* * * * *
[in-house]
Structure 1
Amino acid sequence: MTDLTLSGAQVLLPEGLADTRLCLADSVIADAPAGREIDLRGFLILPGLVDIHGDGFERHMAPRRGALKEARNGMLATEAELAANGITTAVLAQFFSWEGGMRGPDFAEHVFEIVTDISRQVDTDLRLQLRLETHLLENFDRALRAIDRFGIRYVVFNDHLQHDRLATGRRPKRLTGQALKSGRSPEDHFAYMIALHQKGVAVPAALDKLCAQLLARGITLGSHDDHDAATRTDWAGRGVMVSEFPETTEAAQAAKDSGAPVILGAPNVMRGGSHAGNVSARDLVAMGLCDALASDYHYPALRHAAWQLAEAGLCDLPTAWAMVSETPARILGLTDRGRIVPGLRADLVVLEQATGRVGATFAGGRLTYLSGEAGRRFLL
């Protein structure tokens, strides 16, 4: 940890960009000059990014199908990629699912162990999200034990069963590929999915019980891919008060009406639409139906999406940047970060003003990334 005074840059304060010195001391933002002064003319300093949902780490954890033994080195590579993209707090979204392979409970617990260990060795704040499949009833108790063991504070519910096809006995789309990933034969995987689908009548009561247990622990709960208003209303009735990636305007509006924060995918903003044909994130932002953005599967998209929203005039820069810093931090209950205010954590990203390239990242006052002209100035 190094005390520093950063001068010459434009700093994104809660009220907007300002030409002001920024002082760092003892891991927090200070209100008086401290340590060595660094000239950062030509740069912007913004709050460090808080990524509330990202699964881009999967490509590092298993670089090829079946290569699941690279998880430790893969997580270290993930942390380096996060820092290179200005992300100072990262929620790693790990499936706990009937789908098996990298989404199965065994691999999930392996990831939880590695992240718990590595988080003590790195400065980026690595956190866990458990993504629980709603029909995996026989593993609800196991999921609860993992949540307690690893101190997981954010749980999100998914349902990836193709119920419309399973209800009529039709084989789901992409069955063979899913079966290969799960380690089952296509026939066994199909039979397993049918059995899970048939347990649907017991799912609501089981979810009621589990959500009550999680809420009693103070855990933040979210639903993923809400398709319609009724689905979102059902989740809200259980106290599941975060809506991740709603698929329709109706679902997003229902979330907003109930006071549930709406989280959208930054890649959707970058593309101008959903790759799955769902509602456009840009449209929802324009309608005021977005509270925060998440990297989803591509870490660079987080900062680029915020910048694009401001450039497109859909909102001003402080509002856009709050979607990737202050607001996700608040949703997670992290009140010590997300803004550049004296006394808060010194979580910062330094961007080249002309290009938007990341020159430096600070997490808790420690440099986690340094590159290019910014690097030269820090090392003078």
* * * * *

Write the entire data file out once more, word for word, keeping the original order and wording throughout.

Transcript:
[in-house]
Structure 1
Amino acid sequence: MTDLTLSGAQVLLPEGLADTRLCLADSVIADAPAGREIDLRGFLILPGLVDIHGDGFERHMAPRRGALKEARNGMLATEAELAANGITTAVLAQFFSWEGGMRGPDFAEHVFEIVTDISRQVDTDLRLQLRLETHLLENFDRALRAIDRFGIRYVVFNDHLQHDRLATGRRPKRLTGQALKSGRSPEDHFAYMIALHQKGVAVPAALDKLCAQLLARGITLGSHDDHDAATRTDWAGRGVMVSEFPETTEAAQAAKDSGAPVILGAPNVMRGGSHAGNVSARDLVAMGLCDALASDYHYPALRHAAWQLAEAGLCDLPTAWAMVSETPARILGLTDRGRIVPGLRADLVVLEQATGRVGATFAGGRLTYLSGEAGRRFLL
């Protein structure tokens, strides 16, 4: 940890960009000059990014199908990629699912162990999200034990069963590929999915019980891919008060009406639409139906999406940047970060003003990334 005074840059304060010195001391933002002064003319300093949902780490954890033994080195590579993209707090979204392979409970617990260990060795704040499949009833108790063991504070519910096809006995789309990933034969995987689908009548009561247990622990709960208003209303009735990636305007509006924060995918903003044909994130932002953005599967998209929203005039820069810093931090209950205010954590990203390239990242006052002209100035 190094005390520093950063001068010459434009700093994104809660009220907007300002030409002001920024002082760092003892891991927090200070209100008086401290340590060595660094000239950062030509740069912007913004709050460090808080990524509330990202699964881009999967490509590092298993670089090829079946290569699941690279998880430790893969997580270290993930942390380096996060820092290179200005992300100072990262929620790693790990499936706990009937789908098996990298989404199965065994691999999930392996990831939880590695992240718990590595988080003590790195400065980026690595956190866990458990993504629980709603029909995996026989593993609800196991999921609860993992949540307690690893101190997981954010749980999100998914349902990836193709119920419309399973209800009529039709084989789901992409069955063979899913079966290969799960380690089952296509026939066994199909039979397993049918059995899970048939347990649907017991799912609501089981979810009621589990959500009550999680809420009693103070855990933040979210639903993923809400398709319609009724689905979102059902989740809200259980106290599941975060809506991740709603698929329709109706679902997003229902979330907003109930006071549930709406989280959208930054890649959707970058593309101008959903790759799955769902509602456009840009449209929802324009309608005021977005509270925060998440990297989803591509870490660079987080900062680029915020910048694009401001450039497109859909909102001003402080509002856009709050979607990737202050607001996700608040949703997670992290009140010590997300803004550049004296006394808060010194979580910062330094961007080249002309290009938007990341020159430096600070997490808790420690440099986690340094590159290019910014690097030269820090090392003078």